Art Series 6 says: “Every separate sector of artistic creations has its own basic rules. Such areas include writing, painting, lighting, camera work, costumes, sets, marketing, recording, mixing – every contributory sector to a final art offering. Each one of these areas has basic stable data which govern it.” Hubbard would have done well to heed this advice in his laughable foray into redefining recording technology with the “clear sound” technique.
Art Series 11 is called “Artistic Presentation.” It has little do with that and everything to do with laziness of the “wog” world. “We live in a machine world. The whole yap of TV and newspapers is directed toward reducing effort. The primary goal of the civilization in which we live, it seems, is to reduce all personal effort to zero. The less effort a being can confront, the more effect of effort he becomes.” In other words, “the wog world is becoming so lazy that it will ultimately collapse. Only we hard-working Scientologists can save them.” This is exactly the point of all those North Korean propaganda posters exhorting people to meet their vegetable production quotas for the glory of the state.
Other High-Control Groups Defining Art Dogmatically
One of the best example of how high-control groups take art and turn it into low-grade dreck are the North Korean and Russian propaganda posters. In some cases, fine artists were dragooned into creating these posters; in others, nameless graphic designers did the job.
Above, one of an endless series of propaganda posters shows North Korea vanquishing the US. This sort of “art” certainly fits Hubbard’s criteria, because it communicates an explicit message that is going to be relatively similar in the eyes of the receiver of the message. The caption, which undoubtedly says something like “Death to the capitalist running dogs!” leaves little room for aesthetic reverie or interpretation.
Compare that “hit ’em over the head” message with the Mona Lisa. Everyone agrees that it’s one of the greatest paintings ever, but few can agree on key points. What does the enigmatic smile mean? Is the picture even of Lisa or is it a gender-switched picture of Leonardo himself? There’s no single communication from the painting. But does that mean that the Mona Lisa is not art?
Other High-Control Religious Groups
Other high-control groups that create large amounts of art in the service of ideology end up with laughable specimens like Scientology’s bizarre art. The Jehovah’s Witnesses create tons of paintings to illustrate bible stories and other points of dogma. While Jehovah’s Witnesses may take away from these paintings one message, we think outsiders will get a very different communication. The communication we receive from much of the JW artwork is that the group is astoundingly literalist in their views. The elders at the top of the organization feel that their members need every single detail of every single lesson profusely illustrated (or acted out in videos).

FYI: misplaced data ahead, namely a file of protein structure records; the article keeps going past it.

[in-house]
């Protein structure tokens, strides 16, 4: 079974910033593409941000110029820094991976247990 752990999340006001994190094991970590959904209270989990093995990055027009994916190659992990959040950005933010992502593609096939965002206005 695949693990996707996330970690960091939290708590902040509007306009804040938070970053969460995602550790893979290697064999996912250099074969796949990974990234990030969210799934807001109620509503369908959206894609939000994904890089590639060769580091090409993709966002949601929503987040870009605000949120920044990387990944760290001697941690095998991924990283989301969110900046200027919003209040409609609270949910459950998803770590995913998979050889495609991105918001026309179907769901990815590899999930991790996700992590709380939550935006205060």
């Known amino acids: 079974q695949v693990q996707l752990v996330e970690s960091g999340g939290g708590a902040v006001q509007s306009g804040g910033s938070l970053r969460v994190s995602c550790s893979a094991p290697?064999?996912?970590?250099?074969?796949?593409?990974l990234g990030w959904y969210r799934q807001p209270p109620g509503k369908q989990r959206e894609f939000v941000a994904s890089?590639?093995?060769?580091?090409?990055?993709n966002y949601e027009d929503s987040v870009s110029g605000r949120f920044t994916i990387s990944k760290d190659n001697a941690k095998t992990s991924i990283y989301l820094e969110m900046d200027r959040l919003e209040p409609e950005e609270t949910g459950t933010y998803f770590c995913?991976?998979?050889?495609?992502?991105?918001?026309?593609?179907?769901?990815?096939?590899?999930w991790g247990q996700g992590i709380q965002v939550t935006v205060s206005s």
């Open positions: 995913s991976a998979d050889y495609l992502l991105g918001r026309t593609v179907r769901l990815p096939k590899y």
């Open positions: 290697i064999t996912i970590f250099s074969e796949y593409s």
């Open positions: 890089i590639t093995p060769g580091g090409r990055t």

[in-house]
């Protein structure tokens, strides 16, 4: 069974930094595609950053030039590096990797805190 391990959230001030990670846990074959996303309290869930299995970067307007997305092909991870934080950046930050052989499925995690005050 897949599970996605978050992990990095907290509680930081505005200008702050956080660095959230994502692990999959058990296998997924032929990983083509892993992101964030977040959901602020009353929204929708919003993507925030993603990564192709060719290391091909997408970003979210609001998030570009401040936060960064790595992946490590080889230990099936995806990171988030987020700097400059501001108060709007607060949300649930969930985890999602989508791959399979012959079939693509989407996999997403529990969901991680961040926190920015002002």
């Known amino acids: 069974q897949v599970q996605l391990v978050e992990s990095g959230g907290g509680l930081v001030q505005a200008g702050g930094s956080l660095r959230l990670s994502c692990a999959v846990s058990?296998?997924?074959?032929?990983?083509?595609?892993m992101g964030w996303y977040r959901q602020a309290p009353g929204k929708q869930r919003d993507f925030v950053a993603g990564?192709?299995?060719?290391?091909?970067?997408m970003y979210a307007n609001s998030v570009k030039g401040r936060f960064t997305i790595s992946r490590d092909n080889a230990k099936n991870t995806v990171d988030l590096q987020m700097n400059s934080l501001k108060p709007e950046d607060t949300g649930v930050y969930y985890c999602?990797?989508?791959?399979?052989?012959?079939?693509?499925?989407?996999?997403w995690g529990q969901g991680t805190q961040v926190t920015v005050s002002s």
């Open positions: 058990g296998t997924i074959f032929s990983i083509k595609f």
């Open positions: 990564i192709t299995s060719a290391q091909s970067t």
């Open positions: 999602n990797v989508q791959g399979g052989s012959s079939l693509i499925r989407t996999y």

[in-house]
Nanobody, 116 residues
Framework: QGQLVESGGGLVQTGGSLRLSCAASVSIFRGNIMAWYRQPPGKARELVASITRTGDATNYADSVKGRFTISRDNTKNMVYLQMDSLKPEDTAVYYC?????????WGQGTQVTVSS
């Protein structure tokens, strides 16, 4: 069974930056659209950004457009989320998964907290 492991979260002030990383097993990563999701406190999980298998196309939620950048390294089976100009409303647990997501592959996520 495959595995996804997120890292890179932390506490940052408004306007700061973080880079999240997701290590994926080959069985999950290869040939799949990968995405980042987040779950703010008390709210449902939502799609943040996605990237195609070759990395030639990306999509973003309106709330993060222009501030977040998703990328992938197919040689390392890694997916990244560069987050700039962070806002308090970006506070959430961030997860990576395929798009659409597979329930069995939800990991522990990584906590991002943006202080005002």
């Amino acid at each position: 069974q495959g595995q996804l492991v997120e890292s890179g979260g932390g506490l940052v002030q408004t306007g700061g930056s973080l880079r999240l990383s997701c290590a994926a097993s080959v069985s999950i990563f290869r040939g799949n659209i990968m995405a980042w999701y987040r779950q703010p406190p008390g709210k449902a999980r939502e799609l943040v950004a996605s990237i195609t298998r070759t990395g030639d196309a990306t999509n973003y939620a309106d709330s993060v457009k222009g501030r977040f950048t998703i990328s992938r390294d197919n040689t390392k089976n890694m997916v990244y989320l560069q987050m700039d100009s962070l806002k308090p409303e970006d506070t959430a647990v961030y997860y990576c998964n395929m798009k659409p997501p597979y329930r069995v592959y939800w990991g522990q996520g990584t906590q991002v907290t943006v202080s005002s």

We also take away from the JW publications a number of creepy and faintly unsettling messages. In the painting below, why are these JW’s smiling broadly when the world is being destroyed by God behind them, and 99.9% of the global population is being murdered sadistically by God just because they weren’t Jehovah’s Witnesses.
This sort of creepy literalism and unsettling implied messages has always been present in JW art. Below, a magazine cover from 1980 echoes the North Korean propaganda poster above, with God’s mailed fist destroying the unbelievers.
The mailed fist of vengeance is certainly a popular theme for high-control groups, putting themselves in positions of power over the rest of the world. We’ve often thought that the JW’s are a religion of revenge fantasies for the economically disadvantaged — in the US, the JW’s are the least educated and lowest-earning major religious denomination, which leads us to suspect that much of their Armageddon focus is revenge on everyone they think oppresses them.
Channeling Definitions of Art for Political Purposes
Politicians, more frequently at the conservative end of the spectrum, often attempt to create a definition of art in order to inflame their loyalists. One example was in the 1950’s, when Senator Joseph McCarthy held hearings to expose what he alleged (with inflated numbers) were major attempts by Communists to infiltrate institutions of American life.
McCarthy’s first target was the US State Department, which typically opposed the sort of militaristic posturing that McCarthy and others of his ilk wanted. He claimed to have a list of 205 avowed Communist Party members in the State Department. Had he actually possessed that many names and exposed them, it would have significantly affected America’s ability to conduct diplomacy for years.
McCarthy’s primary civilian targets were Hollywood figures and gays. While the anti-gay campaign received less press, thousands of gays were pressured to resign government positions. McCarthy’s anti-Communist rhetoric aimed at specific Hollywood figures destroyed numerous careers of screenwriters and directors who may have at most had a brief flirtation with Communist ideas, but who fell far short of an active conspiracy to undermine the US government.
Of course, the most notable example of the attempt to redefine art as a means of political control came in the early Nazi era, when most avant-garde art was outlawed. Not only were thousands of pieces of art removed from museums (much of which was lost and potentially destroyed), but various musical forms including jazz were banned. Ultimately, modernist art was tied to Jewish corruption of the purity of Aryan culture, and it turned into yet another justification for oppression of Jews.
While Scientology’s attempt to define art for its members fell far short of what the Nazi’s did in the wake of their redefinition of art, it is worth remembering that totalitarian groups often serve a much more evil agenda by trying to regulate how people create and experience art. We can only speculate what Scientology would have done had Hubbard done more to regulate art in his members’ minds than an occasional series of scribbles that formed only a small part of the cult’s corpus of sacred drivel.